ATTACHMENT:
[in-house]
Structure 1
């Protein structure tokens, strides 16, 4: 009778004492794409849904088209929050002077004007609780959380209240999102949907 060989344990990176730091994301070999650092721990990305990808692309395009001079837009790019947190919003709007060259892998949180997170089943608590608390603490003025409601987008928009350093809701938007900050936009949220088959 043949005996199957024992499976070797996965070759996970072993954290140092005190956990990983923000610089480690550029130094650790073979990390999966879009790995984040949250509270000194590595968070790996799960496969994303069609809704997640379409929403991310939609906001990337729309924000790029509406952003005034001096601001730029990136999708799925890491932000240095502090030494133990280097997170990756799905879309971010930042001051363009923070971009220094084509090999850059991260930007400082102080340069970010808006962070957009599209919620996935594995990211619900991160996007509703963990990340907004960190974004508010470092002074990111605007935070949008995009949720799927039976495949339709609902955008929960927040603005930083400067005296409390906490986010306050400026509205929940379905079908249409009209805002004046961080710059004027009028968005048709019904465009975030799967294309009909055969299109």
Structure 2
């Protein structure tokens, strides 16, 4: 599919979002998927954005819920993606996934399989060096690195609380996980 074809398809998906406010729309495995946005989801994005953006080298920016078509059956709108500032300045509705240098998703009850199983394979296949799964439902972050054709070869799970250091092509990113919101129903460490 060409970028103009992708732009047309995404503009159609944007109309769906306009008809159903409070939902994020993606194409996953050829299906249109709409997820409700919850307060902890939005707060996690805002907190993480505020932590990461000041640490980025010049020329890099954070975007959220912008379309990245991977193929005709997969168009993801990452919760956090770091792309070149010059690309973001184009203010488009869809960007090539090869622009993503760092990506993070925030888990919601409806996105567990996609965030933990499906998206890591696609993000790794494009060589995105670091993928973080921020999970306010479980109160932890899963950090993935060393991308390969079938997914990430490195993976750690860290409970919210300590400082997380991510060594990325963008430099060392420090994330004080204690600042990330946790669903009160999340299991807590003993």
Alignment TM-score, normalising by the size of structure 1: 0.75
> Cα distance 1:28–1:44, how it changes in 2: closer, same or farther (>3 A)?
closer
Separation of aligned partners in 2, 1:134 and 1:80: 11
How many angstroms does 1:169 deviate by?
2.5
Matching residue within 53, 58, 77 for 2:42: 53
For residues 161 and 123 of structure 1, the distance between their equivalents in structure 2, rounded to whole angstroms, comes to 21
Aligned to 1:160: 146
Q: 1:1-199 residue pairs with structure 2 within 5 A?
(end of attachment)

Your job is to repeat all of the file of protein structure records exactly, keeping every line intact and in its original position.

[in-house]
Structure 1
């Protein structure tokens, strides 16, 4: 009778004492794409849904088209929050002077004007609780959380209240999102949907 060989344990990176730091994301070999650092721990990305990808692309395009001079837009790019947190919003709007060259892998949180997170089943608590608390603490003025409601987008928009350093809701938007900050936009949220088959 043949005996199957024992499976070797996965070759996970072993954290140092005190956990990983923000610089480690550029130094650790073979990390999966879009790995984040949250509270000194590595968070790996799960496969994303069609809704997640379409929403991310939609906001990337729309924000790029509406952003005034001096601001730029990136999708799925890491932000240095502090030494133990280097997170990756799905879309971010930042001051363009923070971009220094084509090999850059991260930007400082102080340069970010808006962070957009599209919620996935594995990211619900991160996007509703963990990340907004960190974004508010470092002074990111605007935070949008995009949720799927039976495949339709609902955008929960927040603005930083400067005296409390906490986010306050400026509205929940379905079908249409009209805002004046961080710059004027009028968005048709019904465009975030799967294309009909055969299109």
Structure 2
């Protein structure tokens, strides 16, 4: 599919979002998927954005819920993606996934399989060096690195609380996980 074809398809998906406010729309495995946005989801994005953006080298920016078509059956709108500032300045509705240098998703009850199983394979296949799964439902972050054709070869799970250091092509990113919101129903460490 060409970028103009992708732009047309995404503009159609944007109309769906306009008809159903409070939902994020993606194409996953050829299906249109709409997820409700919850307060902890939005707060996690805002907190993480505020932590990461000041640490980025010049020329890099954070975007959220912008379309990245991977193929005709997969168009993801990452919760956090770091792309070149010059690309973001184009203010488009869809960007090539090869622009993503760092990506993070925030888990919601409806996105567990996609965030933990499906998206890591696609993000790794494009060589995105670091993928973080921020999970306010479980109160932890899963950090993935060393991308390969079938997914990430490195993976750690860290409970919210300590400082997380991510060594990325963008430099060392420090994330004080204690600042990330946790669903009160999340299991807590003993």
Alignment TM-score, normalising by the size of structure 1: 0.75
> Cα distance 1:28–1:44, how it changes in 2: closer, same or farther (>3 A)?
closer
Separation of aligned partners in 2, 1:134 and 1:80: 11
How many angstroms does 1:169 deviate by?
2.5
Matching residue within 53, 58, 77 for 2:42: 53
For residues 161 and 123 of structure 1, the distance between their equivalents in structure 2, rounded to whole angstroms, comes to 21
Aligned to 1:160: 146
Q: 1:1-199 residue pairs with structure 2 within 5 A?